Victoria Police will no longer pursue bills they issued to organisers of right-wing speaking events in Melbourne.

These bills consisted of $50,000 to Penthouse Australia operator Damien Costas who organised the 2017 Australian tour of Milo Yiannopoulos; and $67,842.50 to Dave Pellowe of Axiomatic Events who organised the 2018 tour of Canadians Lauren Southern and Stefan Molyneux.

Police where deployed at the Melbourne events of both tours to handle the aggressive protests of Antifa and socialist-aligned groups in the city. These groups provoked a confrontation with the attendees at the Milo event. This clash dragged through the legal system for 18 months after both sides were charged. Protest groups stopped and rocked a bus that was on its way to the Southern and Molyneux event.

Despite all the aggression coming from people who were not attending the event, the organisers were issued with the bill to keep these uninvited guests out. It appeared to be an exercise in victim-blaming, with the view being that because these speakers held views that triggered people they should expect people to disrupt their private events.

Costas and Pellowe refused to pay the Victoria Police bills, arguing that the Victorian Government has no legal or moral right to invoice law-abiding citizens holding events due to the conduct of uninvited outsides.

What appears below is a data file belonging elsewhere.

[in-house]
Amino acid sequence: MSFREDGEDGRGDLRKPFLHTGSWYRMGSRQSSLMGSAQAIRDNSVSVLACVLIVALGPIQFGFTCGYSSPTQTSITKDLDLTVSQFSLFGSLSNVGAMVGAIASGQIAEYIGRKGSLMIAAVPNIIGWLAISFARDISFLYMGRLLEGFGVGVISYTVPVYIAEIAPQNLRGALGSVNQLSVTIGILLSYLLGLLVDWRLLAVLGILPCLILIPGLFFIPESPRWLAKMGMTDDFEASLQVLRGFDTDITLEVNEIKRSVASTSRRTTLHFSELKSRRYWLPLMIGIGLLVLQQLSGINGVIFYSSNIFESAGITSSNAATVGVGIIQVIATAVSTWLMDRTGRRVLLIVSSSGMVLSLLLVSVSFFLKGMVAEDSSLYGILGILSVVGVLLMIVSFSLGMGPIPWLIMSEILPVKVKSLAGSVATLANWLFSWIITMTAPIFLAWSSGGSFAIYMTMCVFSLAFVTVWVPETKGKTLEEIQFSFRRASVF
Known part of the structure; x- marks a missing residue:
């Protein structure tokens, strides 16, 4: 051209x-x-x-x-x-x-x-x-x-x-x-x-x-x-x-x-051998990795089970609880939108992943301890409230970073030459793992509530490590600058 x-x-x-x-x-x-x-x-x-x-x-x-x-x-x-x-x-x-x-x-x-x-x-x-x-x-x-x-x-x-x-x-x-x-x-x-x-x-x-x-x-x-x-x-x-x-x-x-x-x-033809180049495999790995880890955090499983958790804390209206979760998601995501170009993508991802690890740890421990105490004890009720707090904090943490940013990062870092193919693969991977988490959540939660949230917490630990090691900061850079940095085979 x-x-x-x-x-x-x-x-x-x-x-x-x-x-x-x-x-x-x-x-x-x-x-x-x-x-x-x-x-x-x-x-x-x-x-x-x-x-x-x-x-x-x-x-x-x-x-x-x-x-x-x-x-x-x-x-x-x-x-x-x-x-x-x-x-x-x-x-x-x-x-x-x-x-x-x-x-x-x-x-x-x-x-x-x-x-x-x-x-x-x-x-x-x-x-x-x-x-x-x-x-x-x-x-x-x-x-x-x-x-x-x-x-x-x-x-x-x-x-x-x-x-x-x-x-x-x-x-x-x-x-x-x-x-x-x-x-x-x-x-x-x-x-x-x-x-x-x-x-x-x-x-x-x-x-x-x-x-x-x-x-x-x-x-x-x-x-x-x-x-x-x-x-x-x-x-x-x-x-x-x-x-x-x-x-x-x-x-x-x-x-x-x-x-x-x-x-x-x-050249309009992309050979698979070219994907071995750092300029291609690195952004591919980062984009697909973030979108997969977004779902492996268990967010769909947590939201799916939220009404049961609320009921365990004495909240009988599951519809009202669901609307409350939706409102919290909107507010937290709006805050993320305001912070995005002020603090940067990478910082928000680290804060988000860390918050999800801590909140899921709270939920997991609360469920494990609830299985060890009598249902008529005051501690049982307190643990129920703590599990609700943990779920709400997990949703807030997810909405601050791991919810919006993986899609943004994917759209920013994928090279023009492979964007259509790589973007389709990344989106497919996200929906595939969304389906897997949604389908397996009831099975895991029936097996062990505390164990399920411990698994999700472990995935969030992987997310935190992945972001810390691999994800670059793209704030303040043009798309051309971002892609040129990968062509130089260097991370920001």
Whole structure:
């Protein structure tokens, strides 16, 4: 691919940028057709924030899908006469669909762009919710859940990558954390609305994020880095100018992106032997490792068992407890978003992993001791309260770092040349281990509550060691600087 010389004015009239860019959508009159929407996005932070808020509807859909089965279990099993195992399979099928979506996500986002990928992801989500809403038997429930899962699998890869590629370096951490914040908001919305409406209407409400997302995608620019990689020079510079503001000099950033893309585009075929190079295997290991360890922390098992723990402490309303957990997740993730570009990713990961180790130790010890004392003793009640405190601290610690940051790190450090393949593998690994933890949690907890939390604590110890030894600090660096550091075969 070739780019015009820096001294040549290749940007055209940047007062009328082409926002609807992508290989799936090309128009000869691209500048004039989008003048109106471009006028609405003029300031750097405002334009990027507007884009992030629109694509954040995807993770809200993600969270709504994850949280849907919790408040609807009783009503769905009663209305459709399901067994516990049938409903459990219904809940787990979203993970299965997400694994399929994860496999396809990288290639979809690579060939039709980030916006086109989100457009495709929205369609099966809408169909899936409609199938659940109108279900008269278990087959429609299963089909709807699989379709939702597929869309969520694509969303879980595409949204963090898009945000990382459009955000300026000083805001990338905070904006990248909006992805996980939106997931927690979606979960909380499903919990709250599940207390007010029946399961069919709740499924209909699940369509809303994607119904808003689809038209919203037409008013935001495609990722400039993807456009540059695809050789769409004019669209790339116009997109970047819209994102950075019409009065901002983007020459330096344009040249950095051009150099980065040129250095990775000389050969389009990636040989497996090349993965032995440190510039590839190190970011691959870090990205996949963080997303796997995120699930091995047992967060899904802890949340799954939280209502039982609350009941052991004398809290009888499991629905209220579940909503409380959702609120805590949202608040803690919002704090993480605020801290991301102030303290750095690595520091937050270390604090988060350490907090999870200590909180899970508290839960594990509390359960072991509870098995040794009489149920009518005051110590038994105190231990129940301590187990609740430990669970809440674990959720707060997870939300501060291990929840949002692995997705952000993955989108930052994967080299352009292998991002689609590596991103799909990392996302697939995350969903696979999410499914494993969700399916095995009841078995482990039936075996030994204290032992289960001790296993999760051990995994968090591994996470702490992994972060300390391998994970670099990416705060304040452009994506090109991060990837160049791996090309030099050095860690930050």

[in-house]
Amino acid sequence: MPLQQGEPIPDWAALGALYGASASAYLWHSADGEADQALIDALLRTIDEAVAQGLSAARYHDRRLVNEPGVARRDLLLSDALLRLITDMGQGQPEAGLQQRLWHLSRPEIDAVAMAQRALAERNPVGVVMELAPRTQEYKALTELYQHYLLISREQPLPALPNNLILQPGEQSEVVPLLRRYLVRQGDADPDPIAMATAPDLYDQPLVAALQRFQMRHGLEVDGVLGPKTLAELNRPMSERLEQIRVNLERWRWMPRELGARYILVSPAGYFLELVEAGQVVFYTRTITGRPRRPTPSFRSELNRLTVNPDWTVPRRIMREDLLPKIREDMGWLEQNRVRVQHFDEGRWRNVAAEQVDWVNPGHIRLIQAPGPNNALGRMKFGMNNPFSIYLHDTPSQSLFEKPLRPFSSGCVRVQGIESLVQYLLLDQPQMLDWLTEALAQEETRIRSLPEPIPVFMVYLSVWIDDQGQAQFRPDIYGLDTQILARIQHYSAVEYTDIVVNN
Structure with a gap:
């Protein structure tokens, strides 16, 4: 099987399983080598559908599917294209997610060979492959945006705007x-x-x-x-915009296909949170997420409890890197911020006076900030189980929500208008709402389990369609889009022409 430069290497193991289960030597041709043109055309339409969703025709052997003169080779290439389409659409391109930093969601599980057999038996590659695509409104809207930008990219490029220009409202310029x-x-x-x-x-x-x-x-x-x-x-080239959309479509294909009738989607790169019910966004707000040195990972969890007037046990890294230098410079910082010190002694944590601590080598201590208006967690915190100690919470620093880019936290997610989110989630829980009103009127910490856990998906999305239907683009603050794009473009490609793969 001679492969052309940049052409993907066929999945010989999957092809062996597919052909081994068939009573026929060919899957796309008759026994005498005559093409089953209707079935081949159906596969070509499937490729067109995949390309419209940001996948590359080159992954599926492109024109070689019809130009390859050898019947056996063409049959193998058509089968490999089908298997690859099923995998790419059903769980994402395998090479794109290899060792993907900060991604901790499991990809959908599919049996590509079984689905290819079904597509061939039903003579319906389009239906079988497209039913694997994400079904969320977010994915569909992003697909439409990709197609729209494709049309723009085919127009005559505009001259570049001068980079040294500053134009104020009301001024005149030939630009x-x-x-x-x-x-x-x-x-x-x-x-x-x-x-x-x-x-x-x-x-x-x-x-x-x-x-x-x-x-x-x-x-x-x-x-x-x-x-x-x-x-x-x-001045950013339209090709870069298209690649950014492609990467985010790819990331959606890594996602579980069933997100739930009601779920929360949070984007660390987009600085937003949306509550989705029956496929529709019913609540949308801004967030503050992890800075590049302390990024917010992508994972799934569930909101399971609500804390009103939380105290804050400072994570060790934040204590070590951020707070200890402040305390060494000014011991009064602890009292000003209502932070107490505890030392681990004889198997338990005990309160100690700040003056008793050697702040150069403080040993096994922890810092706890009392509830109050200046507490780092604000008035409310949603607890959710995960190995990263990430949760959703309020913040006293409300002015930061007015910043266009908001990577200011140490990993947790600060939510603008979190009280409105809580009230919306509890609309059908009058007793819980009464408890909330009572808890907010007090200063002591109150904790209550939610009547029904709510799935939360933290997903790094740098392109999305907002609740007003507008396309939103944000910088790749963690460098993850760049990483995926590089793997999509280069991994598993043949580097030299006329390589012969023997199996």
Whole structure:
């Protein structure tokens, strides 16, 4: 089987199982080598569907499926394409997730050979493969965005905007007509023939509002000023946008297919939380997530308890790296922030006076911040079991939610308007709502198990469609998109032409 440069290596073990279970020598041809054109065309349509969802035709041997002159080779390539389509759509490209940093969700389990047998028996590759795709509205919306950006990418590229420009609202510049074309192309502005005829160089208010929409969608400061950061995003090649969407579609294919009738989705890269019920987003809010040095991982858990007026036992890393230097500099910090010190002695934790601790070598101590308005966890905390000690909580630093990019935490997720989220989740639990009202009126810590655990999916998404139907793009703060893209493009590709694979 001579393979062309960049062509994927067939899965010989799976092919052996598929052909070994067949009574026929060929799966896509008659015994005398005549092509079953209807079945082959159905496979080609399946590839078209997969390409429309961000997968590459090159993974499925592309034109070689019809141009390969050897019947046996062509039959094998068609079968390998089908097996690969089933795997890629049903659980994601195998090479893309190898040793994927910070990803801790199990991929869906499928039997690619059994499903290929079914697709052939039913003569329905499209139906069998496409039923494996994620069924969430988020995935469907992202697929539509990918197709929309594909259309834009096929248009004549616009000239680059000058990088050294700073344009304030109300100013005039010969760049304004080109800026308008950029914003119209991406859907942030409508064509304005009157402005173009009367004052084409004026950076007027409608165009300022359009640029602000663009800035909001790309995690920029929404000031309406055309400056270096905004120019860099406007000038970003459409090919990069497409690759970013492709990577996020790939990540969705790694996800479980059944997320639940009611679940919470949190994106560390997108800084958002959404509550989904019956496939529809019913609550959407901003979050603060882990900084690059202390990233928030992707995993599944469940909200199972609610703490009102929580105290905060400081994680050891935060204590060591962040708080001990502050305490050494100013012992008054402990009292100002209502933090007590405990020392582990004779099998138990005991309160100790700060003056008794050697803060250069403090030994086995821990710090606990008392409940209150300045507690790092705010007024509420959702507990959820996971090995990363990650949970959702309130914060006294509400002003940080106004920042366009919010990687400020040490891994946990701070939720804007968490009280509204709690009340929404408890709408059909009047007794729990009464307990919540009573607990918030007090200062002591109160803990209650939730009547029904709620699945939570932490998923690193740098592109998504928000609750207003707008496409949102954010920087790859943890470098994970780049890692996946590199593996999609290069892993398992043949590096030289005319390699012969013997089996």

Dave Pellowe, to garner public support and awareness of the injustice of these police bills, founded the Free Speech Coalition. Through this organisation he was able to solicit legal advice from lawyers, judges and legal academics on the unlawfulness of these police bills under Victoria Police (fees and charges) Regulations 2014. Through the Coalition, Pellowe vowed to challenge the police bill all the way to the High Court.

Now after after a year and half of bluster from Victorian Police Minister Lisa Neville that these bills would be paid, Victoria Police has now admitted it cannot legally enforce these charges.

Dave Pellowe discussed the great news and the humiliating backdown from the Victorian Government on a blog post on his personal website, and in an appearance on 3AW with Neil Mitchell on Friday morning.

It is a win for free speech and freedom of association. It is also enforces the understanding we had of our police that it is not a private security firm hired on a pay-per-use basis, but a public service that is funded through already existing government-enforced taxes.

Another good outcome from the withdrawal of these police bills is that Antifa and socialist groups in Victoria are no longer encouraged to protest and disrupt right-wing speaking events they disagree with, in the hope of running up expensive police bills to deter organisers from bringing out future speakers.

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